…We made plans to meet at noon the next day. I didn’t keep the rendezvous. Instead I went back to my caravan and took a synthetic hallucinogen on blotter paper called 2CB. (Later, a friend suggested it was a chemical in the family of drugs known as NBOMes, which the administrators of the website Erowid call ‘the defining psychedelics of 2013’. They were invented in 2003 by a PhD student in Berlin and first hit the market in 2010. Ours had been ordered from the website Silk Road and paid for with bitcoin internet currency.) It was like acid but without acid’s dark side. It was acid re-engineered to be joyful. We each put half a hit under our lips and went out into the night, the chemicals leaching from the paper as the Mir space station was set on fire, the wedding chapel set on fire, the Facebook ‘like’ set on fire. We wandered through the LED-infused landscape, its colour palette that of the movie Tron, a vision of the future that had now become the future, a future filled with electronic dance music.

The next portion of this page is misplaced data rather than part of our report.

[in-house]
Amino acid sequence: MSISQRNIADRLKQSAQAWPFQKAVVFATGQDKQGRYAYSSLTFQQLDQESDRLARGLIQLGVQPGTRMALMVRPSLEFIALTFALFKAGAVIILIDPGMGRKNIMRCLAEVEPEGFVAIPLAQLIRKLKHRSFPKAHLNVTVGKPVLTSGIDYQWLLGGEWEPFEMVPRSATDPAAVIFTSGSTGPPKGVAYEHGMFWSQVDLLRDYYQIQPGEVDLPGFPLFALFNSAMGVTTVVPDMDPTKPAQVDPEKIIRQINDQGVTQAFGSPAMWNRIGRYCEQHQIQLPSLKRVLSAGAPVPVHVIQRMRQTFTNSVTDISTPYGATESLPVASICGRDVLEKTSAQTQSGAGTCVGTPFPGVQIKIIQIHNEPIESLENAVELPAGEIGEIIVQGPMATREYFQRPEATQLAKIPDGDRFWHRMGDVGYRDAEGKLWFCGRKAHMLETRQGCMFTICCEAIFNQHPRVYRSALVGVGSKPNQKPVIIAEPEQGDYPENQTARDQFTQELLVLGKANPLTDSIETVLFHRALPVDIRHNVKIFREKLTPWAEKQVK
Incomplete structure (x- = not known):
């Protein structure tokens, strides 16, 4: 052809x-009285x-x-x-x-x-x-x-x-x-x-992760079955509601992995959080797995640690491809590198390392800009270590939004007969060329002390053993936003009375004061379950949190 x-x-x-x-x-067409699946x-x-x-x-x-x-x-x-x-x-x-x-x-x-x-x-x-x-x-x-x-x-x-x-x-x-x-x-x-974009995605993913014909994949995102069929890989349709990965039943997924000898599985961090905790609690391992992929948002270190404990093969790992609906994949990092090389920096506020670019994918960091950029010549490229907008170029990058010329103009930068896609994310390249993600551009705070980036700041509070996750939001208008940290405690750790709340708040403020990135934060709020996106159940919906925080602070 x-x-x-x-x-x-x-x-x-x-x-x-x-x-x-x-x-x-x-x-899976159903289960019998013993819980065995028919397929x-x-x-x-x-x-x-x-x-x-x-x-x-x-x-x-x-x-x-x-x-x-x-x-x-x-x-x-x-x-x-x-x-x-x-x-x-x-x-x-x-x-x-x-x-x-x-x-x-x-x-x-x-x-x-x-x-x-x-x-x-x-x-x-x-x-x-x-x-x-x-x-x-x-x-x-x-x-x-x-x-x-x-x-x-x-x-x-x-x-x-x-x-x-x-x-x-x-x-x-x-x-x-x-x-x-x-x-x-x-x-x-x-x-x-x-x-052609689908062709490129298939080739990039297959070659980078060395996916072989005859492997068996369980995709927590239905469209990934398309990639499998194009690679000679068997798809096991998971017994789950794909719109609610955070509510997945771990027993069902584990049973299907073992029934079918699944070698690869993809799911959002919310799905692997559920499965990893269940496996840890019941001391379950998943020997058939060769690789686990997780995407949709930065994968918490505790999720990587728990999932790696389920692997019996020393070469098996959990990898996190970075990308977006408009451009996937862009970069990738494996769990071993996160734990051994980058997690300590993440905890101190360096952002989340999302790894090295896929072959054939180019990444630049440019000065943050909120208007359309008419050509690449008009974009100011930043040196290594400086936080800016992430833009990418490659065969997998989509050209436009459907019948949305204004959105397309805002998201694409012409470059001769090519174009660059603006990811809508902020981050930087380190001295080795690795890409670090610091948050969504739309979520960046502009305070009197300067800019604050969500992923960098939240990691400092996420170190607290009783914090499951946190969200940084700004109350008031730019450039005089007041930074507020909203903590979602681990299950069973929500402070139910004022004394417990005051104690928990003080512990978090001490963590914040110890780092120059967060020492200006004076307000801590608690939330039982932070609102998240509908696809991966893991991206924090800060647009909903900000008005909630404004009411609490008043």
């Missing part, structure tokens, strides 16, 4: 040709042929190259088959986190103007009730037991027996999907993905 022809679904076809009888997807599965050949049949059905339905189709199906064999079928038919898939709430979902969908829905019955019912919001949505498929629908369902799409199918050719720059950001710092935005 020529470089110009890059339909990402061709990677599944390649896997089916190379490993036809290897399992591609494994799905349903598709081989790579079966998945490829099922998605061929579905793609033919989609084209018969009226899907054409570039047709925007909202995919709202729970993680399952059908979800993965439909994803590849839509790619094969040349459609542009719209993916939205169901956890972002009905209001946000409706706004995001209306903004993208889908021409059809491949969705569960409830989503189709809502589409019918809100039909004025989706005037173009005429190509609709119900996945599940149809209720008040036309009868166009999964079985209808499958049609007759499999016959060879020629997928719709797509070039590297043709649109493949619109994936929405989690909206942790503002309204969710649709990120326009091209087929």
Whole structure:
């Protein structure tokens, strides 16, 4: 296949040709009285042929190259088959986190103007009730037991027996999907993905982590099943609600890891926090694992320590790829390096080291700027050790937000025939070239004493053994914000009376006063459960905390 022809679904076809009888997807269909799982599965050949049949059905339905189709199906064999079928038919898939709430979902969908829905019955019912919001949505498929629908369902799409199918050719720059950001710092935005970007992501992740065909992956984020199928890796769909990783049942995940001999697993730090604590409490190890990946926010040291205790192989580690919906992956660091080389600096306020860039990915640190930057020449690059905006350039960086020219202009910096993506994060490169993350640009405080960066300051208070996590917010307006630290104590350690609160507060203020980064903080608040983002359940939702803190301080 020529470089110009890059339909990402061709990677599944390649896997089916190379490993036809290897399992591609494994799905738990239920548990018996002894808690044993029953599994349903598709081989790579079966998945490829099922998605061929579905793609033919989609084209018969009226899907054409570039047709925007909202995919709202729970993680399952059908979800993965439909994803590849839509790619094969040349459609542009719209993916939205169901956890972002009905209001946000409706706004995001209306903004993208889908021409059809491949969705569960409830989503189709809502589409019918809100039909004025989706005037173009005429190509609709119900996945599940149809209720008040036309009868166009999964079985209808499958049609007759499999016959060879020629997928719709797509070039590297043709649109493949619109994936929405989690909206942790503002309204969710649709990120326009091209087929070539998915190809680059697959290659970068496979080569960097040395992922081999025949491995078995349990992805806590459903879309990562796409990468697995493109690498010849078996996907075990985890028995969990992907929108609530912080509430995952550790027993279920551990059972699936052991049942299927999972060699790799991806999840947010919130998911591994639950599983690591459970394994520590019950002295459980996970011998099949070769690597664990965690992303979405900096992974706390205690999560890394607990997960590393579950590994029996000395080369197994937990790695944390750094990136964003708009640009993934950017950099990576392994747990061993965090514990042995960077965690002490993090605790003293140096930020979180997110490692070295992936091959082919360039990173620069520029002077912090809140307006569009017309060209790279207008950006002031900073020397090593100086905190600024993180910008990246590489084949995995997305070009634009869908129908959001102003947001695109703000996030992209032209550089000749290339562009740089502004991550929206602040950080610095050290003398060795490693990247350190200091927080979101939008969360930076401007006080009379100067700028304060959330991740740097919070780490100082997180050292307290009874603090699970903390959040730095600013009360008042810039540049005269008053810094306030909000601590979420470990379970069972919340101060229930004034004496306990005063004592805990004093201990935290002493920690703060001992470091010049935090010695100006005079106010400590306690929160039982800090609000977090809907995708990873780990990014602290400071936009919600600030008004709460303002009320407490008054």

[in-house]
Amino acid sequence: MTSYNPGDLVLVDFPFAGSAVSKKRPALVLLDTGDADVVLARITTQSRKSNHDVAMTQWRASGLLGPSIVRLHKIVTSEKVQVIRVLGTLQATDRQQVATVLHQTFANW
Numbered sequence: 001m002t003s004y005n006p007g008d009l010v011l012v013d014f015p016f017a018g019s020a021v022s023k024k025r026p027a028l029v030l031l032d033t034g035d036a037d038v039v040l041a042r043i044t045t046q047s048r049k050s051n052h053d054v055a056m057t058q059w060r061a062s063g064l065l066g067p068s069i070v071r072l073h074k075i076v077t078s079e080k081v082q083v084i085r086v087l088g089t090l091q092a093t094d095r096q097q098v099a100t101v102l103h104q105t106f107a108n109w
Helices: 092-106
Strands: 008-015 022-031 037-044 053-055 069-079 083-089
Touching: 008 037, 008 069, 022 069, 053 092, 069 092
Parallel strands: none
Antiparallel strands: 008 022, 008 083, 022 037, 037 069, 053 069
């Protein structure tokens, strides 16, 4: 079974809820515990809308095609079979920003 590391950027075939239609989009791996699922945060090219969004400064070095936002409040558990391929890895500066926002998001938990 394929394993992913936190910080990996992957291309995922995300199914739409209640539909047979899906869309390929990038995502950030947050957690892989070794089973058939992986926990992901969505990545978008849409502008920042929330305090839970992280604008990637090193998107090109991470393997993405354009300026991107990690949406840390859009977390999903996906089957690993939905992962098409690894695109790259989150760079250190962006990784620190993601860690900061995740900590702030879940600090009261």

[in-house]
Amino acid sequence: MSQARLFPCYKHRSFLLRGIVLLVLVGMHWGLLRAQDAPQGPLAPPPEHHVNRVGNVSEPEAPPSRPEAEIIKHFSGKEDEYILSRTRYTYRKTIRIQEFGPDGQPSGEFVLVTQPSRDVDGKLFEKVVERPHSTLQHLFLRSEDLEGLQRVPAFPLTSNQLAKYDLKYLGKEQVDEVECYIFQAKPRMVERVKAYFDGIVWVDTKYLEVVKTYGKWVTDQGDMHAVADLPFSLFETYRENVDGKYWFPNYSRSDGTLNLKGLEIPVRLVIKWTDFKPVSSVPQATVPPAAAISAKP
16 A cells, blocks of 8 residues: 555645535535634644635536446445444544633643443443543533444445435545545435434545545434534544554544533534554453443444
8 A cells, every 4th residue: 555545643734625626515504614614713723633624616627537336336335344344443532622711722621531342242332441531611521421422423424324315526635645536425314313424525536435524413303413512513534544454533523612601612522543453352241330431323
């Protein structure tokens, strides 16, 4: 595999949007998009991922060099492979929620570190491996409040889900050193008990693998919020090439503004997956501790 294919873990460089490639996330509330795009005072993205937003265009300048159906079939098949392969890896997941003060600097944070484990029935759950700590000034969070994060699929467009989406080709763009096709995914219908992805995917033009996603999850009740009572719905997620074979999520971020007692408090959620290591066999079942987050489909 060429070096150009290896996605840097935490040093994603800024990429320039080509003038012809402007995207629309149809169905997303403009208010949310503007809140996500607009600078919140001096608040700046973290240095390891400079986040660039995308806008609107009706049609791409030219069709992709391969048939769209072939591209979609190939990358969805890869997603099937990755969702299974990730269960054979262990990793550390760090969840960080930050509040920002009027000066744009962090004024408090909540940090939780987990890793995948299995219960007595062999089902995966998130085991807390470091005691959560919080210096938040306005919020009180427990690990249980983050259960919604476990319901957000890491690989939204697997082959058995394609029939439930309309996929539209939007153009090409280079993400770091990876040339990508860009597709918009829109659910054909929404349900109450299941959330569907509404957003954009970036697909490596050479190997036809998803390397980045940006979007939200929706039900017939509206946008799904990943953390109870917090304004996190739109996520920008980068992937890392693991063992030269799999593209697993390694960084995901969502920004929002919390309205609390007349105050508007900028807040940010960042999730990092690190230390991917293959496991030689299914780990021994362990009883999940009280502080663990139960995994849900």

The drug hit us when we were playing beneath an art installation of rushing purple lights. We ran and danced in the lights, laughing and gasping. We boarded mutant vehicles. One shaped like a giant terrapin, one a post-apocalyptic pirate ship called theThunder Gumbo. We danced on top of the vehicles. Below us the burners on bicycles orbited like phosphorescent deep sea crustaceans. The memory of my day kept coming back to me. I kept thinking I was seeing people having sex, then realised I had just seen a pile-up bike crash. I kept thinking I had met the people around me before. We put more paper under our lips.
photo credit: Mike Orso